Wayup CEO and former Google employee Liz Wessel shares the two mistakes people make in job interviews and how to avoid them. Following is a transcript of the video.
Most people don’t realise that they should follow up as soon as possible.
One very big mistake that I’ve seen a lot of young people make, actually I was with a Google HR person recently and she was telling me that this is one of the more common ones that college students make. Most people don’t realise that they should follow up as soon as possible.
So I have this acronym I like to tell people especially college students REAF. It’s research, have enthusiasm, ask questions, and follow up. Very commonly an interviewer is going to write a scorecard. They’re going to write their feedback about the interview pretty soon after the interview is done, and so you should follow up as soon after, like that day if possible, as soon as you can. And I would say don’t wait till the next day because you’re nervous about seeming too desperate. You should be following up and saying “Dear blank, thank you so much for taking the time to talk to me. Here are a few things I learned,” or, “It was really interesting talking to you about X. Here’s a book I suggest based on that.” Whatever it might be, but I can’t say enough, follow up as soon after the interview as you can.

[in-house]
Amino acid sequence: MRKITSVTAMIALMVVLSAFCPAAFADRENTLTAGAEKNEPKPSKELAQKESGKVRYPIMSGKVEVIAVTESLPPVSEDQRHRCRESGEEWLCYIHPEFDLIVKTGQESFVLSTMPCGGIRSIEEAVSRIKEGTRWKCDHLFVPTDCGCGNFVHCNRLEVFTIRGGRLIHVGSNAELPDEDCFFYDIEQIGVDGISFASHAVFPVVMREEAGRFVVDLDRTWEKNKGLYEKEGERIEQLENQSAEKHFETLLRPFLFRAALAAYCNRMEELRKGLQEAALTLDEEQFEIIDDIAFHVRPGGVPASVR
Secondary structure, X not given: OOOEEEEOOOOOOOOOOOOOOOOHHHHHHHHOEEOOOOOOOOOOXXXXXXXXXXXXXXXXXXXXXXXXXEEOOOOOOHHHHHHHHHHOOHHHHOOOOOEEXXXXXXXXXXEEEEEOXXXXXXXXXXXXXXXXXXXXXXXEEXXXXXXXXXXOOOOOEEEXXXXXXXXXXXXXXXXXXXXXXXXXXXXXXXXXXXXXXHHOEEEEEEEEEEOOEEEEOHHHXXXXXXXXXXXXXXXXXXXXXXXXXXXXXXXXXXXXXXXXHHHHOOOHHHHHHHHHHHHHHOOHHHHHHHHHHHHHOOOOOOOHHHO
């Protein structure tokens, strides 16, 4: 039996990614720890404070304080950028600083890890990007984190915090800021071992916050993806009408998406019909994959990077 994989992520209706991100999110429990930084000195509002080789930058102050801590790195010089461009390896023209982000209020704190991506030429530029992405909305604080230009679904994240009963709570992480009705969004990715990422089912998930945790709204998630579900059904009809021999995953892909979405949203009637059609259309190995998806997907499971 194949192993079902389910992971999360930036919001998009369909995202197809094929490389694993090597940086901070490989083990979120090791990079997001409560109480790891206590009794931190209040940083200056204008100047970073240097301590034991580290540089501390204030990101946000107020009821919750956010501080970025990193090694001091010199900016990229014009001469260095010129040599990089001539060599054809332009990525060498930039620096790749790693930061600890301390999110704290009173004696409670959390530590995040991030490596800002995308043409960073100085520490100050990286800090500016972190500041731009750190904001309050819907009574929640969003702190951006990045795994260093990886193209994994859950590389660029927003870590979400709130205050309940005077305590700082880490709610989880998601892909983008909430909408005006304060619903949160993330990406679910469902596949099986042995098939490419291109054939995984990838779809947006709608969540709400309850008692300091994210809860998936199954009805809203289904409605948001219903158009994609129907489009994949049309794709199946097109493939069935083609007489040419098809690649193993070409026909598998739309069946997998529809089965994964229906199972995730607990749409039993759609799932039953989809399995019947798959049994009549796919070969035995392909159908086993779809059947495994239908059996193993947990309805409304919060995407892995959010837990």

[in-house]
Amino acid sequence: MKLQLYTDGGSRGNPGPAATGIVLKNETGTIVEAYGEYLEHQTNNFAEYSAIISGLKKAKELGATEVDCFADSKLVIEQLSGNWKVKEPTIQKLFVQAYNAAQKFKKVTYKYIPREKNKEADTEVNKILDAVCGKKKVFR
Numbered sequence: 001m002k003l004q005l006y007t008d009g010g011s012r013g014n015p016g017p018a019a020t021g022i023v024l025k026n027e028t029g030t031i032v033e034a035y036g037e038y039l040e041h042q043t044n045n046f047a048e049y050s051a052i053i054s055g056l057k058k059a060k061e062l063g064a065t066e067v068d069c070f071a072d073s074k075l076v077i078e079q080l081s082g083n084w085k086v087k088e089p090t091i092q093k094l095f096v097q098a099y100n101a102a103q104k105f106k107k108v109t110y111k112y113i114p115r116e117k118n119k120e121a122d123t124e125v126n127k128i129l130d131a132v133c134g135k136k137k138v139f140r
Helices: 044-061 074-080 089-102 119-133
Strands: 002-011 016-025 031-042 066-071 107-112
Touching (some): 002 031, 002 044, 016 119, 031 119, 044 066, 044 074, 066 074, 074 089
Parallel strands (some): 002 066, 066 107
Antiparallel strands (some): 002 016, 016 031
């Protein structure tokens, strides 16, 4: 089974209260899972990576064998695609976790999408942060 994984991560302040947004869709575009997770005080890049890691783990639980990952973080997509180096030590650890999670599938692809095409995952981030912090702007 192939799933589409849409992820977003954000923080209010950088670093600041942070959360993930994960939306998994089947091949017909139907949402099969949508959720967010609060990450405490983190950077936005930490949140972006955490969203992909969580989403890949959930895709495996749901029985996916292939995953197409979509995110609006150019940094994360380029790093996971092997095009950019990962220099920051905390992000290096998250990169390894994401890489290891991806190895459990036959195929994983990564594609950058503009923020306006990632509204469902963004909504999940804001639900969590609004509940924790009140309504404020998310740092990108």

Not asking questions, that’s another really big one. So commonly college students will do either a lot of research and maybe they do no research or maybe they’re just nervous and they don’t think that they need to ask questions. But some companies will even reject you if you just don’t ask questions. Which I know sounds insane and brutal but it’s actually true.
I have many friends whose companies just will flat-out reject you. So why you should ask questions. First of all, it just shows that you actually are interested and that you want to learn but it’s also going to be good for you because you’re going to learn more about whatever you want to learn about. So I’m saying ask questions at the end, but not questions that are similar to “So when do I start?” or “What’s the salary?” I’m talking about questions like “What makes a rockstar a rockstar at your company?”
I like when people ask me things like “How do you spend your day to day?” There’s tons of question that you can really extract a lot of great information about, so I can’t encourage it enough, ask questions because not enough college students do.
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